The source file for the open 311 requests is over 80mb of a csv text file!!! Therefore, I just took a sample of 2860 records out of the full 357,588 dating back to 2009 and used a static csv file for the full 311 listing. I used a current, real time link to a record of potholes patched in the last 7 days, because that only has an average of 1000 records at a time and can load without much delay.
Bike Crash Conditions Data from 2007-2009
A wireless device designed to fit into the air vent on the top of a helmet is used in combination with sensors in the fabric of the helmet. Specific data analysis algorithms process injury information from the sensors to quantify clinically significant impacts. Then the wireless device transmits a signal to the user’s smartphone via Bluetooth technology. The phone is programmed to alert medical services. The SenseTech hardware will also use data from personal information on the phone or other personal IDs to provide emergency contact information and medical information. This is particularly useful when a cyclist is riding alone.
Another innovative idea to help with helmet safety is to build in a motivator for cyclists to realize when they need to buy a new helmet. Helmets often get damaged when they prevent impacts which can continuously reduce the effectiveness of the helmet in protecting against head injury. There’s almost no point of wearing a helmet if its structural integrity is too compromised. Therefore, a way to motivate cyclists to replace their helmets and let them know when the equipment is too compromised, is to make it stink by inserting chemical capsules into the foam of a helmet. When the foam cracks or moves too much, the capsules will rupture and release an odor around the cyclist’s head. Each time the structure is compromised it will stink and remind the cyclist that they should buy a new helmet.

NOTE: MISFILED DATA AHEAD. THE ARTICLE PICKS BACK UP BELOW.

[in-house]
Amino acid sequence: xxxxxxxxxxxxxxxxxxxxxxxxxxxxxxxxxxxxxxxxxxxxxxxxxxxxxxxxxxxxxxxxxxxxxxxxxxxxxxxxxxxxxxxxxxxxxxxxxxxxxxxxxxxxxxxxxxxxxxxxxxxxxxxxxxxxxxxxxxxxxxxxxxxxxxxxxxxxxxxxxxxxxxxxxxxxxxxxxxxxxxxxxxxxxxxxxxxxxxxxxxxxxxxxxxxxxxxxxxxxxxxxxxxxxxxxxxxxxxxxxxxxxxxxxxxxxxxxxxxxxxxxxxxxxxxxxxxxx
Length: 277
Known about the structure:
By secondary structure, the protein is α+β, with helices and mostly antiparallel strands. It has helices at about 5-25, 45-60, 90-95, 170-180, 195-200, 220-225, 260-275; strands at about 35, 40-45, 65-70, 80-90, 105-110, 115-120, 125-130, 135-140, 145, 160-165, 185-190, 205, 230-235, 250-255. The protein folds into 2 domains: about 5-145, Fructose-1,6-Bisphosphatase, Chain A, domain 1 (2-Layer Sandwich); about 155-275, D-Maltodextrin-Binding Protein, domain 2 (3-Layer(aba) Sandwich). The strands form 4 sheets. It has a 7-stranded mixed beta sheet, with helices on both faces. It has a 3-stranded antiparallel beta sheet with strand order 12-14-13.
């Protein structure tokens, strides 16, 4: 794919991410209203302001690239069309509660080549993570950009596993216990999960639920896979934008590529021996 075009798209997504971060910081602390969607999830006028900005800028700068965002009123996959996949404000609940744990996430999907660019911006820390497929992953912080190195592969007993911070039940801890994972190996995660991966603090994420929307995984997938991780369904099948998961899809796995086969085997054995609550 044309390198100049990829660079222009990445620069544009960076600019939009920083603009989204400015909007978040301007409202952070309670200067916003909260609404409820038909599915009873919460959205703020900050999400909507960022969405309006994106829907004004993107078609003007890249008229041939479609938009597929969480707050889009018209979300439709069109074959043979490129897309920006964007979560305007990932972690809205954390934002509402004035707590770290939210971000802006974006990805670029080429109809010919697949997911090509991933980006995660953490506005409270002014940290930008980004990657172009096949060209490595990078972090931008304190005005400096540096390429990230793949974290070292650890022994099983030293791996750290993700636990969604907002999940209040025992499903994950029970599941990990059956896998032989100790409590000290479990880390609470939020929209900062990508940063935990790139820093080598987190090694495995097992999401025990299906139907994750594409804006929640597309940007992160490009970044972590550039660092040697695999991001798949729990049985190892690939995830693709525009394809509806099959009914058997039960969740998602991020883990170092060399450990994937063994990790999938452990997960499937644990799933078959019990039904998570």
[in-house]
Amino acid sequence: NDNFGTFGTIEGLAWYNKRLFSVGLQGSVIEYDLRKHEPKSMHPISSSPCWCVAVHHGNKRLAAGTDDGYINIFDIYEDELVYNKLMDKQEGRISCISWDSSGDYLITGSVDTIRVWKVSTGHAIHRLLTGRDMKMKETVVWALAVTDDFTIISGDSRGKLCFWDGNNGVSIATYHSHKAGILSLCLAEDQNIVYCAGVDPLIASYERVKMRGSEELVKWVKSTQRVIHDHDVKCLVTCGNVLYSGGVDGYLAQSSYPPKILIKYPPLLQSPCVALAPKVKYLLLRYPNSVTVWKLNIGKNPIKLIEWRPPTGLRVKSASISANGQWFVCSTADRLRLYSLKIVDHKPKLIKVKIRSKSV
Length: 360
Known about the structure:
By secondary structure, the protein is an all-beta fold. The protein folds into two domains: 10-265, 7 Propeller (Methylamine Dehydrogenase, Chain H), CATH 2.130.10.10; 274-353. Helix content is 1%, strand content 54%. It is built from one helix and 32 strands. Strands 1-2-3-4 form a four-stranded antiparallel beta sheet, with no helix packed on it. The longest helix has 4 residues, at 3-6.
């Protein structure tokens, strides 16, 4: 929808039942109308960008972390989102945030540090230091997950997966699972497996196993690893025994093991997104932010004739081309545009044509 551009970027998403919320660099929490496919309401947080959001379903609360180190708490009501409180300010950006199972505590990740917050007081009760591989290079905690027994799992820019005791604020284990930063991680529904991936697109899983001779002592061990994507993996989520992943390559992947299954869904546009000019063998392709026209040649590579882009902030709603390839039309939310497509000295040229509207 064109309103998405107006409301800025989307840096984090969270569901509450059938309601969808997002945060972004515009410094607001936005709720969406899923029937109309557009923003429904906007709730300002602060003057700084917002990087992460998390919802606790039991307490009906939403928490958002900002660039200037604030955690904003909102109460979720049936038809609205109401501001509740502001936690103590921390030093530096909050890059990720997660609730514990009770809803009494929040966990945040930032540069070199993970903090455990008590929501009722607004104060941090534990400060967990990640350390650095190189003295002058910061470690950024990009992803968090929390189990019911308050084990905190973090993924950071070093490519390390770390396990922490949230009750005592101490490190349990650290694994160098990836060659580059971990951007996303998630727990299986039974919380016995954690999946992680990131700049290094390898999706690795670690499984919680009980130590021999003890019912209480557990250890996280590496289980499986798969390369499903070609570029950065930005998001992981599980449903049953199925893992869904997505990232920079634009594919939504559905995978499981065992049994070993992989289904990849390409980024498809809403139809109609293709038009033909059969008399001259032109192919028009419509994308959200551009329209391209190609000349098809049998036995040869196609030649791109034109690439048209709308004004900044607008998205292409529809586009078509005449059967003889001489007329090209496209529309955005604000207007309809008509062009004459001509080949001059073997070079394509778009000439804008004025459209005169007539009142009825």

Danny Tirado, Rob Schulz, Kimi Oyama
“Bike Safety in Chicago”